74D: Words mouthed to a camera (hi mom). That's one you could have guessed without seeing how many letters it had.

Things I didn't know and had to get from crosses:

8A: "__ at Large," 2003 Fox sitcom (Wanda). Never heard of it.

13A: El __ (Peruvian volcano) (Misti). I know all the ones in Hawaii, but it's time to broaden my volcano knowledge base.

122A: Producer of the Keystone Cops films (Sennett).

24D: "Man is by nature a __ animal": Aristotle (political). I think I should have known that.

50D: Greek god of ridicule (Momus). Didn't know there was such a thing.

94D: With 52-Down, "Symphonie Fantastique" composer (Hector / Berlioz).

A few more multiword answers that I liked. 27A: Leading the field (on top), 89A: Beguiles (leads on), 119A: Flat remover (tire iron), 4D: Dresses down (yells at), 14D: Following behind (in tow), and 90D: Gets one's food on a tray, say (dines in).

118A: "Ready __" (or not). Instead of, "On your mark, get set, go" we simply said, "Ready, set, go." Which explains why I had set go as my answer.

I like to do things in threes, but I can't think of a third picture. We'll have to call the grid a picture tonight. Here it is...

...and I'll see you tomorrow.

Linda G


cornbread hell said...

i really enjoyed this puzzle, too. at my leisure. isn't tridactyl a cool word?

(sorry for the lame post last night, linda. i swear i'm not usually such a slacker.)

Anonymous said...

66D Sand blind?

Am I missing something?

Anonymous said...

Sorry, that's JD

MBG said...

This one was a lot of fun. Finally got the theme from STUDLY HAL. My favorite was COAT OF MANLY COORS.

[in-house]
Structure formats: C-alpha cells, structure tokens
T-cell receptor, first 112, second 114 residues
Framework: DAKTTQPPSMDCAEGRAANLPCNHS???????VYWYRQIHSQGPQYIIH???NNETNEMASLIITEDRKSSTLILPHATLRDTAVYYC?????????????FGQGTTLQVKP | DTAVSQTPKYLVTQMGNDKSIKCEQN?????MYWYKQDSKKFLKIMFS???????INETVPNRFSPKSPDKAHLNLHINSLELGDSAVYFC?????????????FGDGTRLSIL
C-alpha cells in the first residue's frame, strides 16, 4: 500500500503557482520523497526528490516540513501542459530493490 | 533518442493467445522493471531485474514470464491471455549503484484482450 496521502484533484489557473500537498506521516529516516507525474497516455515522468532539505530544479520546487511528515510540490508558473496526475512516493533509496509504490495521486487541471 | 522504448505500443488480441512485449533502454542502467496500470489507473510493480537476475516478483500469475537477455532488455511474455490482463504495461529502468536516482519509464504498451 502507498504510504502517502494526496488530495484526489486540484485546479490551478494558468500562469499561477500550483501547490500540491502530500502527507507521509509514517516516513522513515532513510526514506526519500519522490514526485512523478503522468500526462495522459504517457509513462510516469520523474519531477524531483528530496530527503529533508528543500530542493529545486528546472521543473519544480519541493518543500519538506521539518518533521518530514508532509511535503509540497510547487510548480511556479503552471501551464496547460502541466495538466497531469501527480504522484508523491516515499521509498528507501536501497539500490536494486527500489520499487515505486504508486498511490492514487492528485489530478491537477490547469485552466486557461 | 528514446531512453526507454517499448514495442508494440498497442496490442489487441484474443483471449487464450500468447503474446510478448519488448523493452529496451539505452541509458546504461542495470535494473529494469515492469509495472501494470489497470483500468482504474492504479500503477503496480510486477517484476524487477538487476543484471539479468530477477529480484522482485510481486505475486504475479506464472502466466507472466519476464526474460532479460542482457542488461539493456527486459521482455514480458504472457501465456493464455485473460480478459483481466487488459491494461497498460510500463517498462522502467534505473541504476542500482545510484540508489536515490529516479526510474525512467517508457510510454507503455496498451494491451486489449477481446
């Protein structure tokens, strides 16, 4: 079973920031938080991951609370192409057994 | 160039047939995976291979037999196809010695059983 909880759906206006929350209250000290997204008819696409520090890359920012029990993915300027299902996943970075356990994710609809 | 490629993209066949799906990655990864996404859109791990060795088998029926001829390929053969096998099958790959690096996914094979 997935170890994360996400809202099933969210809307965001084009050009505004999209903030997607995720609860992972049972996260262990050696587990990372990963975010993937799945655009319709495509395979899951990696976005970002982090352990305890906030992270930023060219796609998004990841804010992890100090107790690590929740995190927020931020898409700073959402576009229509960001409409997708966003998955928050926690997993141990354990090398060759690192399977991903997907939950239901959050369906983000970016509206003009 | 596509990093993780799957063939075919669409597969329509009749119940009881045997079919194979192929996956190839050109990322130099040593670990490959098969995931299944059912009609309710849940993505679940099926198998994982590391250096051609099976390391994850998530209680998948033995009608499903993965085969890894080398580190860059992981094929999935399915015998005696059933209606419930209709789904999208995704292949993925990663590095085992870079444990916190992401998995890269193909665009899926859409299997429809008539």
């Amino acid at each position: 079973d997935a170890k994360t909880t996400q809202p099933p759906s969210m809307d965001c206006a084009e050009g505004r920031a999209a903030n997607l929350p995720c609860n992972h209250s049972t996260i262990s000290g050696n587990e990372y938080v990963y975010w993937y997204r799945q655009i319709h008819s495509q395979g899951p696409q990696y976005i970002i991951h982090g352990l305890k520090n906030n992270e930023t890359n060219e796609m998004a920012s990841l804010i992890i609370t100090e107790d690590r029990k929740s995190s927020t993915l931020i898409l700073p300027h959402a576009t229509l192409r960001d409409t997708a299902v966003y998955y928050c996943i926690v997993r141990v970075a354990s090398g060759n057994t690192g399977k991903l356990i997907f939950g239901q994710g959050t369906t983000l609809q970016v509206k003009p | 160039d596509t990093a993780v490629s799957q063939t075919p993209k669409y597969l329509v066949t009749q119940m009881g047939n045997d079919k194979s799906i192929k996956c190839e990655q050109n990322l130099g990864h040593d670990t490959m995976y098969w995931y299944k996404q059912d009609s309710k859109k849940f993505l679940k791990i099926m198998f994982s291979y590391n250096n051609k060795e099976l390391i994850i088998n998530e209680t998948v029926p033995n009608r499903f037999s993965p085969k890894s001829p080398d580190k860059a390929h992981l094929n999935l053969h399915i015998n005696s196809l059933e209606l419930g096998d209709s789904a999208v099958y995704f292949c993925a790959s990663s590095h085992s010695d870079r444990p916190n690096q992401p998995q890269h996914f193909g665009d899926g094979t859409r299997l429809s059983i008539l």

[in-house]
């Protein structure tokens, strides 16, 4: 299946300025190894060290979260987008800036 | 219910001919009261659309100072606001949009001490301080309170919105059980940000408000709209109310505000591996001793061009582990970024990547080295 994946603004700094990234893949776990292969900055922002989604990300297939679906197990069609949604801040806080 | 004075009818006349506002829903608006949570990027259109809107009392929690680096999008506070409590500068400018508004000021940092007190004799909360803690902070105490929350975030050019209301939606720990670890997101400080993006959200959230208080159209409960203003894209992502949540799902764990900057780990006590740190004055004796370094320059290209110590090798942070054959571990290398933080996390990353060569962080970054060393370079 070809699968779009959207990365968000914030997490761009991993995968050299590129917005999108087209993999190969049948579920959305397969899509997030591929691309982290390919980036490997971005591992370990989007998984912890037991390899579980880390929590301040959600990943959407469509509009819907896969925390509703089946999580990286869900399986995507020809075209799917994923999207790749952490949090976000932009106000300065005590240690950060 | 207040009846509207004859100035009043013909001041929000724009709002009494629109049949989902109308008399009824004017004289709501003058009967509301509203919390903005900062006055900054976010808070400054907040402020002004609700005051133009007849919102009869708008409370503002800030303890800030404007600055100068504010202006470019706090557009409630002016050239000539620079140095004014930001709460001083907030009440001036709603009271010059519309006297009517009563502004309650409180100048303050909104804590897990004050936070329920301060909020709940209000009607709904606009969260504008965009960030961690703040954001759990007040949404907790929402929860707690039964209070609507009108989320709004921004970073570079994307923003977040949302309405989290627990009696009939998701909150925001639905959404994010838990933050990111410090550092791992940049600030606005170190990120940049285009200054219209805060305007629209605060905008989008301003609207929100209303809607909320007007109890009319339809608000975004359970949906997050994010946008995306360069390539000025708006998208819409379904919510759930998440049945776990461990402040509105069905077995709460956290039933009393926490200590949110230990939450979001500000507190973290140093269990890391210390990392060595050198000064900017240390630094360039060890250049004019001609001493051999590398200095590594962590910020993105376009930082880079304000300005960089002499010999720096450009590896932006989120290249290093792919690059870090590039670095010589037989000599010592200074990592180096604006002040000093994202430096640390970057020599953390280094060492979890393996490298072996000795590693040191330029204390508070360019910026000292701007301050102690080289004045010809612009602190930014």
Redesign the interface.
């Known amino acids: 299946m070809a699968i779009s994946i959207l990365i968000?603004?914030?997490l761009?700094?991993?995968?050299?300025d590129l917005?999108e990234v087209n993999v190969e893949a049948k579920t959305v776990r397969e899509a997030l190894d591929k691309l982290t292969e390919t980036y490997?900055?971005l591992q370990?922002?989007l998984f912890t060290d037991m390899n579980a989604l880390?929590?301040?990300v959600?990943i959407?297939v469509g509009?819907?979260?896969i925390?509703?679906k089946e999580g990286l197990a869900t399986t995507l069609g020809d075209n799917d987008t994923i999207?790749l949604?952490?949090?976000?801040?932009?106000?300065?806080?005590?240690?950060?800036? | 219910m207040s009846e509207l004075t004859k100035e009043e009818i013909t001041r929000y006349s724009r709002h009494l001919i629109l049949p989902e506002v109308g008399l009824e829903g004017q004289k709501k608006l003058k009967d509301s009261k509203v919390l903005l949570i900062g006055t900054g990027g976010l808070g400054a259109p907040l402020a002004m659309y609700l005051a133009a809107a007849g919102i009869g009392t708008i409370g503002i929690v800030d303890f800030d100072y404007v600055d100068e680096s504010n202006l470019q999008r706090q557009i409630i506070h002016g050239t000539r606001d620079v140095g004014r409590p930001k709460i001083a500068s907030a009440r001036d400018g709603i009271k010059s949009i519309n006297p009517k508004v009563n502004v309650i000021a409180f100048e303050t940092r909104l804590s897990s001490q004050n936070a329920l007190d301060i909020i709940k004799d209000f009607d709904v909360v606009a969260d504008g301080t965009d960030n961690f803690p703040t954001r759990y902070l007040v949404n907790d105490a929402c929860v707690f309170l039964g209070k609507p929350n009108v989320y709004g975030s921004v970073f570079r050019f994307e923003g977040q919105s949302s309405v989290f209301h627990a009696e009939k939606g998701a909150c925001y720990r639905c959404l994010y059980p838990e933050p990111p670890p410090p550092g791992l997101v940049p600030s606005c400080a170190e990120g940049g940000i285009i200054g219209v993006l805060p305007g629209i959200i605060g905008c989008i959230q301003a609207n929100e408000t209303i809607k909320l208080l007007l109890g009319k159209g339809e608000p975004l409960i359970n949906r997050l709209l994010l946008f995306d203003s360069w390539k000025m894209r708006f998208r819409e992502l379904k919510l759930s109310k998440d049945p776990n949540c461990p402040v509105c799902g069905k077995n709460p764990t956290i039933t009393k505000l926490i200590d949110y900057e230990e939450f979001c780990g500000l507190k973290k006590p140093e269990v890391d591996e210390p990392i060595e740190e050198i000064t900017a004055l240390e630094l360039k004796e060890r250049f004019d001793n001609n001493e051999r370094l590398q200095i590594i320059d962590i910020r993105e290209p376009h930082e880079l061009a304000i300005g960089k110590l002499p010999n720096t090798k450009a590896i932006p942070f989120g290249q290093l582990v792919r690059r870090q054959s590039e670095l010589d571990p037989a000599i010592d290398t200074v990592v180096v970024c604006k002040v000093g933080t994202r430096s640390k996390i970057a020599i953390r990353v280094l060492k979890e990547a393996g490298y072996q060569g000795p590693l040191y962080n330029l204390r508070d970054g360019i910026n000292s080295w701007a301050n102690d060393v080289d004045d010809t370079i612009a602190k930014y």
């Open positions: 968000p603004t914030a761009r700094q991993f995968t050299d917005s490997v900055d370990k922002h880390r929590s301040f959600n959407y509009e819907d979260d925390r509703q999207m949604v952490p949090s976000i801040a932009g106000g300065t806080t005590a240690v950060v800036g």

Sand blind made me scratch my head too. I thought that maybe it was the same as being snow blind, but from being lost in the desert. Maybe because last night we watched Man vs. Wild, with Bear Grylls in the Sahara.
Actually it means partially blind, and comes from Middle English samblind. See

Anonymous said...

Thanks, Annielee. I appreciate the explanation. I never heard that term before.

Linda G said...

Thanks, annielee. I'd never heard of it, either. When I was solving, I thought it might be one of the theme answers....but no question mark. Besides, what would SLANDBIND mean?

Anonymous said...

Loved this puzzle. "Or not" reminded me of playing hide and seek on muggy summer nights until it was too dark to see. Ready or not... here I come.

wendy said...

Linda, I thought we were going for currencies too, at the beginning. Great minds?

Loved the puzzle. Lots of laughs, ahas, smiles, 'wtf's, a few wrong turns, but overall an exceedingly pleasant experience.

I have to admit I know nada about Star Wars (yeah, I know), so 'little green man' was not a gimme, but I did see those stamps at my post office branch last weekend. I bought the Polar Lights and holiday ones instead ;)

We have a Cafe MOMUS here on the campus of the University of Akron. The owners are under the impression momus is the god of merriment, whereas my dictionary says it refers to the god of mockery and censure. Should I tell them?

Good judgment on Anais Nin, which *was* a gimme. I saw her in person before her death; she was quite eccentric to say the least. I might have mentioned this before, but in case not - she stood on the stage with a long purse dangling from her wrist the entire time she was speaking. I was like, are you afraid someone's going to steal that thing? I don't know why that's such a memory for me, but it is. EROTICA intersecting with COO and VAMP was a nice touch.

Linda G said...

I didn't mean to imply that I know anything about Star Wars ; )

I had bought some of the stamps and later learned about the Yoda stamp from my sister. She's a postmaster and her grandson is a Star Wars his father before him.

Very definitely great minds. And a good Anais Nin story.

Anonymous said...

In Shakespeare's "Merchant of Venice" Lancelot Gobbo's old father staggers on stage and asks his him if he knows whether his son is still alive. Lancelot says, "Do you not know me, father?" His dad says, "Alack sir, I am sand-blind. I know you not. Neither Gobbo, needless to say, is a studly Hal . .